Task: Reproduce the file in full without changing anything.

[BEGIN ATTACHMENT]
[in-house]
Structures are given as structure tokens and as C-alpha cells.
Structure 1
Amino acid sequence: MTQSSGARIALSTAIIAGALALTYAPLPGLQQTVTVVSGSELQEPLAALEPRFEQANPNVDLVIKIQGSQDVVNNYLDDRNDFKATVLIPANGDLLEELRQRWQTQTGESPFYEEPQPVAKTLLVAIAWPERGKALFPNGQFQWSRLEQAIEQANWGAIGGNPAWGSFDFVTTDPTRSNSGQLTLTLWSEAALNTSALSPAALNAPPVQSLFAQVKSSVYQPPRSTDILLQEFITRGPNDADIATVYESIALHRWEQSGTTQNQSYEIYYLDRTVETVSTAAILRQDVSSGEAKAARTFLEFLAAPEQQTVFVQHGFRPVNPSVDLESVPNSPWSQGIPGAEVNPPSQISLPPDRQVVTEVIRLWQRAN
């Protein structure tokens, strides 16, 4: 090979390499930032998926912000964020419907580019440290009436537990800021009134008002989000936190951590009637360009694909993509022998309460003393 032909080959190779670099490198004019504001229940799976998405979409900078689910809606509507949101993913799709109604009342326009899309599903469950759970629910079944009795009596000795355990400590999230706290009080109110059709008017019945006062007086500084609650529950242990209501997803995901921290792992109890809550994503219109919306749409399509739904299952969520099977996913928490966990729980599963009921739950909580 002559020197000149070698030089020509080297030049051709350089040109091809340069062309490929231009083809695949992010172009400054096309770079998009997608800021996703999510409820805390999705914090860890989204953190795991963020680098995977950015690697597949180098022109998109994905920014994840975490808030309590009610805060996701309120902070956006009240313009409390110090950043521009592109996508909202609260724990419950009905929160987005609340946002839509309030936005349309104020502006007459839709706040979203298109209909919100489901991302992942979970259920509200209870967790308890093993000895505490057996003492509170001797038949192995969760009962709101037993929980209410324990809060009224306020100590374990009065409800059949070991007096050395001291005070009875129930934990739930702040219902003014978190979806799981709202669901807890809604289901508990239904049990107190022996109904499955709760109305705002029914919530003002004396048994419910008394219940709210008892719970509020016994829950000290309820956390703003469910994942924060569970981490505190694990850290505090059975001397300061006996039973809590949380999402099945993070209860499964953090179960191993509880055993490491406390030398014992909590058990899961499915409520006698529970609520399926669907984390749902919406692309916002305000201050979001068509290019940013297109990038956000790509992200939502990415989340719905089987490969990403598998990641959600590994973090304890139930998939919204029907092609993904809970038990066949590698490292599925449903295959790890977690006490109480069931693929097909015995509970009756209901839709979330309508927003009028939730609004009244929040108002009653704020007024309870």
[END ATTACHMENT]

[in-house]
Structures are given as structure tokens and as C-alpha cells.
Structure 1
Amino acid sequence: MTQSSGARIALSTAIIAGALALTYAPLPGLQQTVTVVSGSELQEPLAALEPRFEQANPNVDLVIKIQGSQDVVNNYLDDRNDFKATVLIPANGDLLEELRQRWQTQTGESPFYEEPQPVAKTLLVAIAWPERGKALFPNGQFQWSRLEQAIEQANWGAIGGNPAWGSFDFVTTDPTRSNSGQLTLTLWSEAALNTSALSPAALNAPPVQSLFAQVKSSVYQPPRSTDILLQEFITRGPNDADIATVYESIALHRWEQSGTTQNQSYEIYYLDRTVETVSTAAILRQDVSSGEAKAARTFLEFLAAPEQQTVFVQHGFRPVNPSVDLESVPNSPWSQGIPGAEVNPPSQISLPPDRQVVTEVIRLWQRAN
């Protein structure tokens, strides 16, 4: 090979390499930032998926912000964020419907580019440290009436537990800021009134008002989000936190951590009637360009694909993509022998309460003393 032909080959190779670099490198004019504001229940799976998405979409900078689910809606509507949101993913799709109604009342326009899309599903469950759970629910079944009795009596000795355990400590999230706290009080109110059709008017019945006062007086500084609650529950242990209501997803995901921290792992109890809550994503219109919306749409399509739904299952969520099977996913928490966990729980599963009921739950909580 002559020197000149070698030089020509080297030049051709350089040109091809340069062309490929231009083809695949992010172009400054096309770079998009997608800021996703999510409820805390999705914090860890989204953190795991963020680098995977950015690697597949180098022109998109994905920014994840975490808030309590009610805060996701309120902070956006009240313009409390110090950043521009592109996508909202609260724990419950009905929160987005609340946002839509309030936005349309104020502006007459839709706040979203298109209909919100489901991302992942979970259920509200209870967790308890093993000895505490057996003492509170001797038949192995969760009962709101037993929980209410324990809060009224306020100590374990009065409800059949070991007096050395001291005070009875129930934990739930702040219902003014978190979806799981709202669901807890809604289901508990239904049990107190022996109904499955709760109305705002029914919530003002004396048994419910008394219940709210008892719970509020016994829950000290309820956390703003469910994942924060569970981490505190694990850290505090059975001397300061006996039973809590949380999402099945993070209860499964953090179960191993509880055993490491406390030398014992909590058990899961499915409520006698529970609520399926669907984390749902919406692309916002305000201050979001068509290019940013297109990038956000790509992200939502990415989340719905089987490969990403598998990641959600590994973090304890139930998939919204029907092609993904809970038990066949590698490292599925449903295959790890977690006490109480069931693929097909015995509970009756209901839709979330309508927003009028939730609004009244929040108002009653704020007024309870």